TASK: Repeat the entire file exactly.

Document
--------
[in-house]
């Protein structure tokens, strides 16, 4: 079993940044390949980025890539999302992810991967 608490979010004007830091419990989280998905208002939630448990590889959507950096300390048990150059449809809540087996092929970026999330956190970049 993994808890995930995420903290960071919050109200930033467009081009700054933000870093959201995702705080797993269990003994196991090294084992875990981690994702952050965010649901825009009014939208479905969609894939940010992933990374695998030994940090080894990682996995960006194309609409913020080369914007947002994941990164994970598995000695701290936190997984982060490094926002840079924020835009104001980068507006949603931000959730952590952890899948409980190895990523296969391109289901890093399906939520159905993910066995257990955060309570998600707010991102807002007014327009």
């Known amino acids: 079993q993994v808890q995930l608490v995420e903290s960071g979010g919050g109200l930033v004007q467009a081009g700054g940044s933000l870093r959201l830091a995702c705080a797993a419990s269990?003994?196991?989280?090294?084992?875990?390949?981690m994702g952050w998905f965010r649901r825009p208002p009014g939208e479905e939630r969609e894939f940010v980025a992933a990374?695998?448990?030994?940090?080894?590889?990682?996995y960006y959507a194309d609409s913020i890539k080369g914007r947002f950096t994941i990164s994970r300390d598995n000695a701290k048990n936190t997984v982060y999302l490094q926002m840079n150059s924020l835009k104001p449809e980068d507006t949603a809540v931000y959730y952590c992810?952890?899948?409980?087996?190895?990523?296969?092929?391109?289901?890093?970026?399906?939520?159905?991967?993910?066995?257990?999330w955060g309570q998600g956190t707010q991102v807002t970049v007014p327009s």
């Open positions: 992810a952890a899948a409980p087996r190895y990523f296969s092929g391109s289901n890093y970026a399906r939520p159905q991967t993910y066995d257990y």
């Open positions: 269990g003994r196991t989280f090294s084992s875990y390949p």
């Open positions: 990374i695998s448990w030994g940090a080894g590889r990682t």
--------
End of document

[in-house]
């Protein structure tokens, strides 16, 4: 079993940044390949980025890539999302992810991967 608490979010004007830091419990989280998905208002939630448990590889959507950096300390048990150059449809809540087996092929970026999330956190970049 993994808890995930995420903290960071919050109200930033467009081009700054933000870093959201995702705080797993269990003994196991090294084992875990981690994702952050965010649901825009009014939208479905969609894939940010992933990374695998030994940090080894990682996995960006194309609409913020080369914007947002994941990164994970598995000695701290936190997984982060490094926002840079924020835009104001980068507006949603931000959730952590952890899948409980190895990523296969391109289901890093399906939520159905993910066995257990955060309570998600707010991102807002007014327009």
């Known amino acids: 079993q993994v808890q995930l608490v995420e903290s960071g979010g919050g109200l930033v004007q467009a081009g700054g940044s933000l870093r959201l830091a995702c705080a797993a419990s269990?003994?196991?989280?090294?084992?875990?390949?981690m994702g952050w998905f965010r649901r825009p208002p009014g939208e479905e939630r969609e894939f940010v980025a992933a990374?695998?448990?030994?940090?080894?590889?990682?996995y960006y959507a194309d609409s913020i890539k080369g914007r947002f950096t994941i990164s994970r300390d598995n000695a701290k048990n936190t997984v982060y999302l490094q926002m840079n150059s924020l835009k104001p449809e980068d507006t949603a809540v931000y959730y952590c992810?952890?899948?409980?087996?190895?990523?296969?092929?391109?289901?890093?970026?399906?939520?159905?991967?993910?066995?257990?999330w955060g309570q998600g956190t707010q991102v807002t970049v007014p327009s």
């Open positions: 992810a952890a899948a409980p087996r190895y990523f296969s092929g391109s289901n890093y970026a399906r939520p159905q991967t993910y066995d257990y």
């Open positions: 269990g003994r196991t989280f090294s084992s875990y390949p």
């Open positions: 990374i695998s448990w030994g940090a080894g590889r990682t």